Most known about them through their art, which was naturalistic and symbolic. It inspired by mythology and religion. One religious belief was that a woman and a jaguar together produced a race with the characteristics of both, and masks were made reflecting this belief. The lips of these masks were often down-turned and snarling in feline fashion. They also made jade figurines, massive stone sculptures and other stone and Olmec art objects. Small pieces have “baby face” characteristics and chubby bodies, suggestive of infants or eunuchs. The famous “Olmec head” was produced many times in different sizes. They may be portraits of rulers or chiefs or the heads of ball-game players. They appear to be wearing a helmet and have African or Asian features. One, made of basalt, is nine feet tall and weighs forty tons.

–Lisa Graff

Bibliography

Baquedano, Elizabeth. Aztec, Inca and Maya (New York: Alfred A. Knopf, 1993).

Fairfield, Sheila. Peoples and Nations of the Americas (London: Young Library Ltd, 1987).

Meyer, Michael C. and William L. Sherman. The Course of Mexican History (New York: Oxford University Press, 1979).

Pre Columbian Art and Pottery

Throughout Mexico and Latin America, art and crafts are still created in the tradition of the pre Columbian cultures, using the same materials and methods. Many pre Columbian objects were plain and simple, being only intended for practical purposes, but the pre Columbian artisans also created intricate pieces for use in trade, for paying tribute and to serve religious functions. In the same way, modern inhabitants of Latin America, especially in tribal villages which have largely avoided mechanization and modernization, allowing the traditional techniques to be preserved, still make common art and elaborate, decorative ones by hand using natural materials.

Pre Columbian potters created many plain, functional pottery for common use, but they also formed elaborate and intricate art for religious use that required great skill to produce. The pre Columbian cultures buried pottery with their dead to accompany them into the afterlife, thereby demonstrating the predominance of pottery in their culture and their skill at creating it to modern archeologists. Many modern communities still use pre Columbian techniques to make beautiful pottery, especially for utilitarian pieces. Clay is still gathered from local areas, and pieces are formed either exclusively by hand or by using a wooden wheel that is turned by the potter.  In pre Columbian times, kilns were not used; pieces of pottery were fired in an open fire or a pit in the ground. Potters did not use any type of glaze, but they did burnish the surface of their pots with stones.  The creation of blackware is still practiced in Latin America. When the oxygen is removed during the firing process, the iron in the clay oxidizes, turning the pot black or dark gray.  Though many modern potters use a kiln, pre-Columbian potters achieved this effect without the use of a kiln. Pots were decorated with gods, animals, plants, everyday scenes and geometric designs.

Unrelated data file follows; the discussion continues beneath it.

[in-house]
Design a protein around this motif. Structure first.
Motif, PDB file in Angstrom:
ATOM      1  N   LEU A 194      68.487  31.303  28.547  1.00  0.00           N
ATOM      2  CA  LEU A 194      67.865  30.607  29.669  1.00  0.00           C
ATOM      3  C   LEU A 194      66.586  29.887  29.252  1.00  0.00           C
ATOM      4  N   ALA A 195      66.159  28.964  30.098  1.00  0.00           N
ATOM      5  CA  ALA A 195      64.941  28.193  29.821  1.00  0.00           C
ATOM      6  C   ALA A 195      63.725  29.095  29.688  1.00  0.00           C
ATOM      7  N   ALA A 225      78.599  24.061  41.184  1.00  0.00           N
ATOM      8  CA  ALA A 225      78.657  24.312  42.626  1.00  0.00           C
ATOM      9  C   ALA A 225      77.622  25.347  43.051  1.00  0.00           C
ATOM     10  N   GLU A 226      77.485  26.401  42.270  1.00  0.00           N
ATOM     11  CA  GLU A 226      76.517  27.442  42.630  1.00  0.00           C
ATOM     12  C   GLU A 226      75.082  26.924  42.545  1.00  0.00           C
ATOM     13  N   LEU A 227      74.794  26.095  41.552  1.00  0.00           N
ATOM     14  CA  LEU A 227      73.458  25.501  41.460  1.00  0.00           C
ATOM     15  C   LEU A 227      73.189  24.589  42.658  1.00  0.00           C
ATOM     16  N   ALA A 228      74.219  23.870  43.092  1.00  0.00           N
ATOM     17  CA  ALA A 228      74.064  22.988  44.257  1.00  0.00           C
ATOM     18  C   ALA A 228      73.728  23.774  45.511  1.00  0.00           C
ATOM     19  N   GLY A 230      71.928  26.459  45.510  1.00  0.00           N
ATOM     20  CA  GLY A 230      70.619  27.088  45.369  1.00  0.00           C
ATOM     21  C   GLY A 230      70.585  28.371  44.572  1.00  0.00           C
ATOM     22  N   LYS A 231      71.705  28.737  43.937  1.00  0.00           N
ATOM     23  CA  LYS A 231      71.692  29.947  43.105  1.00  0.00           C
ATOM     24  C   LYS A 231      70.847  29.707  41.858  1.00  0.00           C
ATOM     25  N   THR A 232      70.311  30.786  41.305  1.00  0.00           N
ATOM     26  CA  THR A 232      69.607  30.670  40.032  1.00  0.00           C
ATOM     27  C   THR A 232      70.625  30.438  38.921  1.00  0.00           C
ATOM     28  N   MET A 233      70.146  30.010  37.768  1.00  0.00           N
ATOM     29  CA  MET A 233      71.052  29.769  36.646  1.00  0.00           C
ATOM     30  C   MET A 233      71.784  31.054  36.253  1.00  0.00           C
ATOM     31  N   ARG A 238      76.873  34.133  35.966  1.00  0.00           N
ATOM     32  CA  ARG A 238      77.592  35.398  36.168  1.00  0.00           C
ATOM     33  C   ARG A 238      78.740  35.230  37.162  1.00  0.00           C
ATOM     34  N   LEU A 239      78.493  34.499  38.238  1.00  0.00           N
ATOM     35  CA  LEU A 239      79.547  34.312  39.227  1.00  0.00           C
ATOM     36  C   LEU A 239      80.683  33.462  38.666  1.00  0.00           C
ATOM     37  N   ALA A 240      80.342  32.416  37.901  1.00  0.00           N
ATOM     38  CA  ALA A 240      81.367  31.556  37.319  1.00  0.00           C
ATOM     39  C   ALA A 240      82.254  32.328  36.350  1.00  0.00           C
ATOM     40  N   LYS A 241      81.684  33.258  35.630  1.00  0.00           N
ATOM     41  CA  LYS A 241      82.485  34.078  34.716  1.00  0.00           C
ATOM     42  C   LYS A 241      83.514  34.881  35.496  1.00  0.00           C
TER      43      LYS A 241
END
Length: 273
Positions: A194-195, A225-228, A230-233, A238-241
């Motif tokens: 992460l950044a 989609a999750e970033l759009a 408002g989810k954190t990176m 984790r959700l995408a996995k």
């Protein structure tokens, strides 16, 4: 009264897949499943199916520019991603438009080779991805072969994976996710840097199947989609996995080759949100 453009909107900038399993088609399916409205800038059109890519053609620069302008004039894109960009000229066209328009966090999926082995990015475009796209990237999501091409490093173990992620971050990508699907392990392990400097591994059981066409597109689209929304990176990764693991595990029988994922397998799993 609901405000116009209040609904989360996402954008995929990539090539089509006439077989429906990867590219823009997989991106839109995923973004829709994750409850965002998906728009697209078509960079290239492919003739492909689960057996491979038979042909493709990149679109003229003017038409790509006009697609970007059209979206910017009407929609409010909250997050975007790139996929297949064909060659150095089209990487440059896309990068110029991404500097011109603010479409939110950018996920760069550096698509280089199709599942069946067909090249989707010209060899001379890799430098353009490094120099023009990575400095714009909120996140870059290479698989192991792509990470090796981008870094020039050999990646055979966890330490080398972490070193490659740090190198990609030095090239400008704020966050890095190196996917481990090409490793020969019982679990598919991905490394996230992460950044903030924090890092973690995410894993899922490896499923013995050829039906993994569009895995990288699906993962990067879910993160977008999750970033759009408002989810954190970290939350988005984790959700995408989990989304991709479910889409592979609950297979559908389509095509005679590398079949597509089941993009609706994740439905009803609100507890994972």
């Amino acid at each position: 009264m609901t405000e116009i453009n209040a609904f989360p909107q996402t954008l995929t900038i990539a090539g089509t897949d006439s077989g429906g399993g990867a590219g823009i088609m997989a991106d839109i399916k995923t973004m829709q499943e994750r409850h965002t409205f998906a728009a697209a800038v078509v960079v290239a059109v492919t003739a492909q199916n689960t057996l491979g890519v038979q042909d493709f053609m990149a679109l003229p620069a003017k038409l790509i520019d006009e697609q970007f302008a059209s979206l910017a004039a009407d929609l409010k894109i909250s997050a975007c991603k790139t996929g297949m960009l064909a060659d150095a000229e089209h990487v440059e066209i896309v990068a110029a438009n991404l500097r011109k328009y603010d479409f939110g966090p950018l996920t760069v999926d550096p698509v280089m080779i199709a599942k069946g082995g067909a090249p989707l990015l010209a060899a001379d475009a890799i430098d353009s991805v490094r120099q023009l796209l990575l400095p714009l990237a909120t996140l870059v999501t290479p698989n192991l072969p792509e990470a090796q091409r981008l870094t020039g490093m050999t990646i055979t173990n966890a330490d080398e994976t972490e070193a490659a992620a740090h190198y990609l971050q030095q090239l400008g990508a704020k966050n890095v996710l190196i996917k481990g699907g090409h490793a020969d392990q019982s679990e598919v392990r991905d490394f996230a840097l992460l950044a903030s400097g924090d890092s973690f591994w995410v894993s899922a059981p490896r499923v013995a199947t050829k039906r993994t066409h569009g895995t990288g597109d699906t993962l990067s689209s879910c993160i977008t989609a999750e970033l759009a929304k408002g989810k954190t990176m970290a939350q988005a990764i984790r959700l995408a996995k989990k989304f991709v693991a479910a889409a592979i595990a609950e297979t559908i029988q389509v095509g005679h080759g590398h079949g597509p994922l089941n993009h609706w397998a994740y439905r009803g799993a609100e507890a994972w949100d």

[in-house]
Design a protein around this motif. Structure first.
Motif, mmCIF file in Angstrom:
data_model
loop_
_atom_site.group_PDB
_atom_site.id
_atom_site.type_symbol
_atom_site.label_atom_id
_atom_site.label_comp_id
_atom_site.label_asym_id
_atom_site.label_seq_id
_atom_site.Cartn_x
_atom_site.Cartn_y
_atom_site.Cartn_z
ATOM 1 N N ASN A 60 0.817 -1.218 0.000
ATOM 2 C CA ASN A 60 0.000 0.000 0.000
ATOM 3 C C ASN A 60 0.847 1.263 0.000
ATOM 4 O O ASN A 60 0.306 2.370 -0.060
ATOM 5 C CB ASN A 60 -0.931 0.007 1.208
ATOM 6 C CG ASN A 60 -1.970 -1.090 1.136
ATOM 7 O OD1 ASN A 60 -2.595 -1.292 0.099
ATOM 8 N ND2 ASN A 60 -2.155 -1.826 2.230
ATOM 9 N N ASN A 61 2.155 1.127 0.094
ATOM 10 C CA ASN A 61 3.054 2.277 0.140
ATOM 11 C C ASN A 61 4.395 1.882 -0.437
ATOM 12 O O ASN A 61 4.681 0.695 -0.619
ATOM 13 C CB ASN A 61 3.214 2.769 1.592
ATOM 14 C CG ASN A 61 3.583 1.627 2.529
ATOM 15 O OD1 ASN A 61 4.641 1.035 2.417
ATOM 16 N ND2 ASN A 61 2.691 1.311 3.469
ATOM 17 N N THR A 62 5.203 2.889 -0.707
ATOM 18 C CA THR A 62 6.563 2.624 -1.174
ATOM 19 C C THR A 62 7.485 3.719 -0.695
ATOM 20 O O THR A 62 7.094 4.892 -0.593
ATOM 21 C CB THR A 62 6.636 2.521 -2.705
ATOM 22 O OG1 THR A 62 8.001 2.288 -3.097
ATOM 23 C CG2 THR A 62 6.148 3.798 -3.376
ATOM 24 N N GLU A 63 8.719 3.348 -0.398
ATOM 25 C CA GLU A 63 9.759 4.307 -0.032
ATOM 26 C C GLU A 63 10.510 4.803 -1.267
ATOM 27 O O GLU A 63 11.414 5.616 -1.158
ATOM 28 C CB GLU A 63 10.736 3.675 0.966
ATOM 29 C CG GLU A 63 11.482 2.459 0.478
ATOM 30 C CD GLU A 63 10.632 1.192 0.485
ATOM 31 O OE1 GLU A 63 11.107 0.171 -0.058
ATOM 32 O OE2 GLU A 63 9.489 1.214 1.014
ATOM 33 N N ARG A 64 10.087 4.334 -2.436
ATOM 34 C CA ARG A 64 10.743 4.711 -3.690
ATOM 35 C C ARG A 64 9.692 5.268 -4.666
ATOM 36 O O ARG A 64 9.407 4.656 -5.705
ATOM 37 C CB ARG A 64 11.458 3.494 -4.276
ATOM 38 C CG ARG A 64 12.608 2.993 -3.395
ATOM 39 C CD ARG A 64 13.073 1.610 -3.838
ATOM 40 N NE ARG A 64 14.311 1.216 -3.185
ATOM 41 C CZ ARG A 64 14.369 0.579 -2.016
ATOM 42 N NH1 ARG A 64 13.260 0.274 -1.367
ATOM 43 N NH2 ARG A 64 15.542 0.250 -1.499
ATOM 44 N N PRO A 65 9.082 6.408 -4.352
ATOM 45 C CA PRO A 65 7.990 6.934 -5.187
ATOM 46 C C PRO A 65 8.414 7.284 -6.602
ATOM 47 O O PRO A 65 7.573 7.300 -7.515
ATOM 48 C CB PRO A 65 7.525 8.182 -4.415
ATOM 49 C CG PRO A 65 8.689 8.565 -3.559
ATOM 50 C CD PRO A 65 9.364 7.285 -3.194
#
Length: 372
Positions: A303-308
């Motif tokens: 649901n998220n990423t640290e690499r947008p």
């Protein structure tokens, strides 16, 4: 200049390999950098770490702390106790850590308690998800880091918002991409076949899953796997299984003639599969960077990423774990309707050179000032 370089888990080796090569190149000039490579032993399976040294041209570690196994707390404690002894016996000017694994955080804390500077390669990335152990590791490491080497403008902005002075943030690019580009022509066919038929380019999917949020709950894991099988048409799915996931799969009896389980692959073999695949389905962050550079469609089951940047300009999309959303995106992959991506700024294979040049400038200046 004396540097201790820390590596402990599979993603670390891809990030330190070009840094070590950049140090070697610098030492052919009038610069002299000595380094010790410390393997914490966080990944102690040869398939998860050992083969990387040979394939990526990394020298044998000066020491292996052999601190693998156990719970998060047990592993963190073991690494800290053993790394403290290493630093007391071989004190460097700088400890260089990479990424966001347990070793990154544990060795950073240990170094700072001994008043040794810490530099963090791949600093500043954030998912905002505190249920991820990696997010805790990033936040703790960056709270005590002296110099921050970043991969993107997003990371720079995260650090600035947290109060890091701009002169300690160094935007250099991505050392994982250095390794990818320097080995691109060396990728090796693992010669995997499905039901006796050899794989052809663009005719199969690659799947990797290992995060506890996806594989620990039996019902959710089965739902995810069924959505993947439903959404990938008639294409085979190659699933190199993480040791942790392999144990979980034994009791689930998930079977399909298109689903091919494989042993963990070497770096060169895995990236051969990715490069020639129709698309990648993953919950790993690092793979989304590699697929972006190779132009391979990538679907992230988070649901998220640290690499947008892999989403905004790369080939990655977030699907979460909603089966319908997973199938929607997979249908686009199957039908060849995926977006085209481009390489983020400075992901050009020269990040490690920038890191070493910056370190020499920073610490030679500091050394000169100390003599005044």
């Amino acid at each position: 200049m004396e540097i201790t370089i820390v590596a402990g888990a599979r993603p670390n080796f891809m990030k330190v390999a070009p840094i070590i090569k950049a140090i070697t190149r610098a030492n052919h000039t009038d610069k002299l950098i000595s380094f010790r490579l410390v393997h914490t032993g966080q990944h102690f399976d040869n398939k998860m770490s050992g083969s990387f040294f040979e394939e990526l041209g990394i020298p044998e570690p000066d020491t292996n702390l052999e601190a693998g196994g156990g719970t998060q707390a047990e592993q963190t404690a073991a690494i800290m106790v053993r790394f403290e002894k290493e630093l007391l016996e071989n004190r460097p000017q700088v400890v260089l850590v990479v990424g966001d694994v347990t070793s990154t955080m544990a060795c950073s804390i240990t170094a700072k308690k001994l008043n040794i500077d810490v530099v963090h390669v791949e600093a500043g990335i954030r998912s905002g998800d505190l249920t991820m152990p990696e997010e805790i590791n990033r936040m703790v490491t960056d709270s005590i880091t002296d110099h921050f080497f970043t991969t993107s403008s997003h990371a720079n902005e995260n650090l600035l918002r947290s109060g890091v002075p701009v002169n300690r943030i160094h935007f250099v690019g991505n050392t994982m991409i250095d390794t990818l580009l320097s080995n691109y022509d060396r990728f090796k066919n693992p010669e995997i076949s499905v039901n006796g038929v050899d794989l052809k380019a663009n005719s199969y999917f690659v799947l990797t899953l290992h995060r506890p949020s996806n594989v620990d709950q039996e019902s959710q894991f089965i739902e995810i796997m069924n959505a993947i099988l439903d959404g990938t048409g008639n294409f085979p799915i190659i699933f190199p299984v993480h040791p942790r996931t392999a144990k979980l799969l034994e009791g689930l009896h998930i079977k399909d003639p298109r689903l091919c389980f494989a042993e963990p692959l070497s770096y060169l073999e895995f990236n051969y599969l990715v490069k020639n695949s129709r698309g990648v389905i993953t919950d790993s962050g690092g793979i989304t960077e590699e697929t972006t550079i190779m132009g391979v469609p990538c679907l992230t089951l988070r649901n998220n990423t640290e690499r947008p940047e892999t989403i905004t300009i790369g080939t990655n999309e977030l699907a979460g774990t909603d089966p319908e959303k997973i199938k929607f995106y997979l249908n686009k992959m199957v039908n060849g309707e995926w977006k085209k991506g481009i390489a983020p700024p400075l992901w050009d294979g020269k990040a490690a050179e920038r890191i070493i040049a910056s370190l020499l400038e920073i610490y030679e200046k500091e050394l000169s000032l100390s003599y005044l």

Weaving was essential to the ancient cultures, just as it is today. In small villages, ancient methods still survive, and women spend large amounts of time creating textiles and clothing on hand-made looms. A back-strap loom, so named because of the strap that passes behind the weaver’s back to keep the warp taut, was used in ancient times and is still used widely today to create beautiful textiles.

Though few pre Columbian examples of basketry, weaving and other uses of natural reeds have survived because of the fragility of the fiber, many Latin American tribes continue this traditional form of art in much the same way as the ancient cultures.  The art of Peruvian pre Columbian cultures depicts reed boats, and modern Peruvian fishermen still make and utilize reed boats. In Ecuador, totora reeds are woven into large mats using simple methods that have been employed for thousands of years. The ancient peoples used their woven creations for everyday use and for trading, and modern Latin Americans use the skills that have been handed down for generations to create useful items that are also beautiful in appearance.  Reeds are often hand-dyed using aniline and other natural dyes before they are woven into a basket, a bag, a hat or one of the many other shapes created by these fine craftsmen and women, producing vibrant yet functional pieces.

Music was central to the Pre Columbian cultures as a form of religious expression. It was highly developed, including a system of perfect harmony before the West developed anything similar. Because the instruments were for a religious purpose, they were often elaborately decorated with pictures of gods, whether by painting or carving.  They were also decorated with natural subjects, especially the animals to which the peoples were accustomed, and many smaller instruments were formed into animal shapes.

Drums, whistles, ocarinas, trumpets, bells, rattles and single, double, triple and even quadruple flutes were made from wood, clay, reeds, bone or shells. Peruvians, because of their skill in metallurgy, made trumpets of gold, silver and copper, though few have survived being melted down for their valuable metal. In the Aztec culture, a horizontal drum, the huehuetl or tlapanhuehuetl, was played with the hands, and a vertical drum, the teponaztli, was played with rubber-tipped drumsticks. Rain sticks were used in many cultures to plead with the rain god to send rain by simulating the sound of rain.  Panpipes were popular in the Andean region, though some have also been found in Veracruz, Mexico.

–Lisa Graff

Bibliography:

Davies, Lucy and Mo Fini. Arts and Crafts of South America (San Francisco: Chronicle Books, 1994).

Marti, Samuel. Music before Columbus (Mexico City: Gunhild Nilsson, Ediciones Euroamericanas Klaus Thiele, 1978).